Liesl & Po by Lauren Oliver is a young adult (middle grades) novel with three protagonists—an orphan girl locked in an attic, an orphan boy who serves as an apprentice to an alchemist, and a ghost whose stories are inexorably bound together as circumstances converge to a conclusion that is gratifying even if it is, let’s face it, oh so predictable.
Liesl is the little girl in the attic and it is her artistic ability that draws (no pun intended) a ghost to cross over from the other side. Liesl’s drawings come into play later in the story. In the meantime, Will, who is running errands for his abusive alchemist master, makes a mistake in his exhaustion that has a domino effect. Each piece in the puzzle falls into place and the disparate characters—the alchemist, the archetypical evil-stepmother, and others—all come together at the end.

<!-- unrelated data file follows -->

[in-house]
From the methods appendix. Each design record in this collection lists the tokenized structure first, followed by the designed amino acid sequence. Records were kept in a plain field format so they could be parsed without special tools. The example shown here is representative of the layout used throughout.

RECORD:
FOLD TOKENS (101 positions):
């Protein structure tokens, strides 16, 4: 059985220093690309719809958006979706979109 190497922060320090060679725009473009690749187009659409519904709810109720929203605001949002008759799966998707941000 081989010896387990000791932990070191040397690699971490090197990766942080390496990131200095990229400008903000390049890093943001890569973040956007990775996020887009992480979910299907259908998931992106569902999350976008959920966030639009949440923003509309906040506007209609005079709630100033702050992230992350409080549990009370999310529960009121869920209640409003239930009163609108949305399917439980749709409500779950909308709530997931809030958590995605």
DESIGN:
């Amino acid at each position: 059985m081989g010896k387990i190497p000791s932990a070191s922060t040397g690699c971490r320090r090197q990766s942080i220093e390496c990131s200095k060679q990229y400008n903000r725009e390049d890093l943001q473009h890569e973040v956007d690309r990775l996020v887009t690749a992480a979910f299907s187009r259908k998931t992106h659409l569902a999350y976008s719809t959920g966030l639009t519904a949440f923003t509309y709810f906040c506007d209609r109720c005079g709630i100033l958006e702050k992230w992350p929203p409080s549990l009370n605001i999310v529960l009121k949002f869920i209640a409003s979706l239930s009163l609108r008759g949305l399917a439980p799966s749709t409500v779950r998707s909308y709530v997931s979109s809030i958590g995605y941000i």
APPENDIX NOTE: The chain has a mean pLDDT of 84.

The entire time I was reading this novel I could easily see it being translated to film, one of those “fun for the entire family” type films that has a boy, a girl, and even a gender neutral ghost to appeal to all younger audience members. If handled well, it would very likely be a hit and if the children who see the movie then chose to read the book, it would truly be a winner all around.
I liked this book. I didn’t love it but it was a much needed and pleasant distraction. And now, I shall move it to the Bibi’s Future Box so that when she is older she can read and maybe she will like it or even love it.